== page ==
As midnight approached on Nov. 11, tattoo artist Rodney Raines finished his last tattoo of the day – an entire 24-hour period spent inking the last in a series of 11-themed tattoos inspired by the 1984 rock ’n’ roll comedy “This is Spinal Tap” that he started in February to commemorate the 11-11-11 date.
Eleven is his lucky number.
He named the Plaza Midwood art gallery and wine bar he opened in 2009 with his ex-girlfriend Twenty-Two “because there were two of us,” he said. The “11” tats, which originated with one he did on a friend years ago, feature an amplifier knob with its dial turned to the 11 position because in the film, Christopher Guest’s character, Nigel Tufnel, has his amplifiers dialed to 11, louder than standard amps.
Raines only did “11” tattoos on the eleventh of each month for $11 – dirt cheap for any tattoo, let alone an artist considered one of the best in the Southeast. Before 2011 there were six. Now there are 174 with messages like “Mojo” or “Big Plans” where the word “volume” would be.
“It became this social thing. People would camp out on the porch. They weren’t quick either,” said Raines, 38, who has 11 knobs, one for each month. “Everything I do, I do to 11.”
He isn’t exaggerating. When he’s not tattooing at Ace Custom Tattoo, the Plaza Midwood shop he purchased in 2005, he’s hanging art for an opening at Twenty-Two, playing bass with his band the Poontanglers, drawing a concert flier or jetting off to tattoo conventions, where he’s collected numerous awards.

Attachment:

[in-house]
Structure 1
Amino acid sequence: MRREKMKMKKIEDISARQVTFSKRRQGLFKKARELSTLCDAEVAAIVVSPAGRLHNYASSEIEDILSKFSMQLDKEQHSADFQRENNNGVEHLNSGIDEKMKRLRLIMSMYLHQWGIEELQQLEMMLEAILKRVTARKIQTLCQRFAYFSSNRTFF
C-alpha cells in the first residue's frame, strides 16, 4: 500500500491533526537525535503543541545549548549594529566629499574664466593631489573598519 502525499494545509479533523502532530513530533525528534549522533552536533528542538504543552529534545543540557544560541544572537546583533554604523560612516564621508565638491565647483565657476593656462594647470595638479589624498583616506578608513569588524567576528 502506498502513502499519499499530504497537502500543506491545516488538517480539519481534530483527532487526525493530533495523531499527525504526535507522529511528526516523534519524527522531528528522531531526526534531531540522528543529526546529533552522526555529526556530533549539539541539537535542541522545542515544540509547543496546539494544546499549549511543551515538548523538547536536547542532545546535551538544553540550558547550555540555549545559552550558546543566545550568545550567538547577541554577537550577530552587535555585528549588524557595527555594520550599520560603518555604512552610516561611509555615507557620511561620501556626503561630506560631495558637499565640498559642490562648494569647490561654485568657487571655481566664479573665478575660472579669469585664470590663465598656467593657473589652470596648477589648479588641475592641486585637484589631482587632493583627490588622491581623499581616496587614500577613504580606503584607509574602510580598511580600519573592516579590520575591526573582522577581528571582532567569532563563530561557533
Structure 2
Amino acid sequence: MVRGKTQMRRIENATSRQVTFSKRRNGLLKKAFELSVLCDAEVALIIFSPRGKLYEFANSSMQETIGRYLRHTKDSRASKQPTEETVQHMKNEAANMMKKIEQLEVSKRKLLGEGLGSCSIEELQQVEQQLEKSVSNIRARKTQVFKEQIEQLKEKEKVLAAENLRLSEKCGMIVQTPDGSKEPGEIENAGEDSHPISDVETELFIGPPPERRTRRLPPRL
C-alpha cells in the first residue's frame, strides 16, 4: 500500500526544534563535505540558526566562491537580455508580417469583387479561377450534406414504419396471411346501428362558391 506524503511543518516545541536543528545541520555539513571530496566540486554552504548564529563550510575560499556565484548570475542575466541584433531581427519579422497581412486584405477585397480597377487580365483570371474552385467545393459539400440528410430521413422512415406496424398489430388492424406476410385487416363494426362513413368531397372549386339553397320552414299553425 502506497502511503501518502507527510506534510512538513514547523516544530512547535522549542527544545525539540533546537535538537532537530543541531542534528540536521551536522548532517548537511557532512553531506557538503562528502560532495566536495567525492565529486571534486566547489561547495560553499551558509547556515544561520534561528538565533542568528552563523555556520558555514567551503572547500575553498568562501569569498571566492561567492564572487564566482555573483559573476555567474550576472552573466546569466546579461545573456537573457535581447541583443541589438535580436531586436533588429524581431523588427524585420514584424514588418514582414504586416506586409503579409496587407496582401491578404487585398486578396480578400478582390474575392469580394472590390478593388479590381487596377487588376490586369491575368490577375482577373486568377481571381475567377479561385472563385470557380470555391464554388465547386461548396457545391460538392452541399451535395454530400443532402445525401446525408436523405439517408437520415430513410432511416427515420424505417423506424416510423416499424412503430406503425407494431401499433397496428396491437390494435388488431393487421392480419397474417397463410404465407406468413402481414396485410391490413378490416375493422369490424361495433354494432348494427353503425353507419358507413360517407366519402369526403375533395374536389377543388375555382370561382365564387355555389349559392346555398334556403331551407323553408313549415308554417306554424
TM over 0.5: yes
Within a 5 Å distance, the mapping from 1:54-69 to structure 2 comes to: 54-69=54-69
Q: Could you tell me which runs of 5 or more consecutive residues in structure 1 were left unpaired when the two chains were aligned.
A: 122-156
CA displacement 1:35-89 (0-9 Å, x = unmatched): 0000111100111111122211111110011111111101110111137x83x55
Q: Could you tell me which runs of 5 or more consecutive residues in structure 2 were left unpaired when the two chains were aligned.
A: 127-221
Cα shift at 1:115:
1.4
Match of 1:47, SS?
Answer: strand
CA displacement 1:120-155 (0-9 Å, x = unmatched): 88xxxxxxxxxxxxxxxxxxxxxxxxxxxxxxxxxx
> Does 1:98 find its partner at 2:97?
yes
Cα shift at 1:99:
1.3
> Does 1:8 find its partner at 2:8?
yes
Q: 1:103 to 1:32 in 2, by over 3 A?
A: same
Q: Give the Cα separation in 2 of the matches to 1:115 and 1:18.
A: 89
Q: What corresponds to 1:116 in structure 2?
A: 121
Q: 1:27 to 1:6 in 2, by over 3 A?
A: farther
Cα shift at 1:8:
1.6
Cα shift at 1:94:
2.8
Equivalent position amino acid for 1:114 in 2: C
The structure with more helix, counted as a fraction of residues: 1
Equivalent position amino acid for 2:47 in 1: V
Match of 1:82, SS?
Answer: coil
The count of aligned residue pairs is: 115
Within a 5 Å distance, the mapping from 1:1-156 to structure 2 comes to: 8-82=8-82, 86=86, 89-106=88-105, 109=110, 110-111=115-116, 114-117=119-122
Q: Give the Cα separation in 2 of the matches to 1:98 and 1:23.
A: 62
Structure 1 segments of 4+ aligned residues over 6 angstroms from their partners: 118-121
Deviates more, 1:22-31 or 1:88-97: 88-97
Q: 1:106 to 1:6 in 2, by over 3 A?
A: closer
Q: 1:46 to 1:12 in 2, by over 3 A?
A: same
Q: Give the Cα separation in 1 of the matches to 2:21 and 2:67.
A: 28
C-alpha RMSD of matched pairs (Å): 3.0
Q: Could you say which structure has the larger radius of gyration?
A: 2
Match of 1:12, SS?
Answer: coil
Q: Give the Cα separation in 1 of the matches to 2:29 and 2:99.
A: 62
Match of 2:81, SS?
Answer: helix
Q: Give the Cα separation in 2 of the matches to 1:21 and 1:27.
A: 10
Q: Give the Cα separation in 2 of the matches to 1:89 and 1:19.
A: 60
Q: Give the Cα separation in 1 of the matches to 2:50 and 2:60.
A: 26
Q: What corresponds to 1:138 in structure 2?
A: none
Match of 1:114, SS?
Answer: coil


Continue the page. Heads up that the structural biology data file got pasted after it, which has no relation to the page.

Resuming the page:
“At first there was little room for artistic freedom. It was more get them in and out the door,” he said of his early days tattooing tribal designs and butterflies in Gastonia. Raines hails from Easley, S.C., and studied art at Lander University in Greenwood. “I was immediately minded toward doing large-scale work that was derivative of me going to college and studying sculpture.”
The idea of sporadic pictures derived from sailors who were tattooed at each port; the Asian world gravitated toward intertwined larger pieces, though those cultural differences have changed with the times. Most of Raines’ early customers could only afford the former. Even if someone wanted an entire tattoo sleeve, they’d pay for it paycheck by paycheck.
Raines, who got his first tattoo while studying in England at age 19, eventually had his entire left arm tattooed by an artist in New York as part of his own learning experience. Today he’s covered in elaborate, colorful tattoos.
“It’s different. Watching it heal and where it turns and where the pivot points are,” he explains. He tattooed friends and colleagues to add large-scale pieces to his portfolio and eventually began getting more of those kinds of requests. “Customers come back to my station and see they’re not limited to (the options) that’s on the wall.”
Building a reputation through convention appearances, awards and the work he was putting out in the public allowed Raines to explore the creative freedom he craved. Tattooing is now a collaborative process with the customer. Existing clients take priority over new ones, and he only books a month out due to his busy schedule.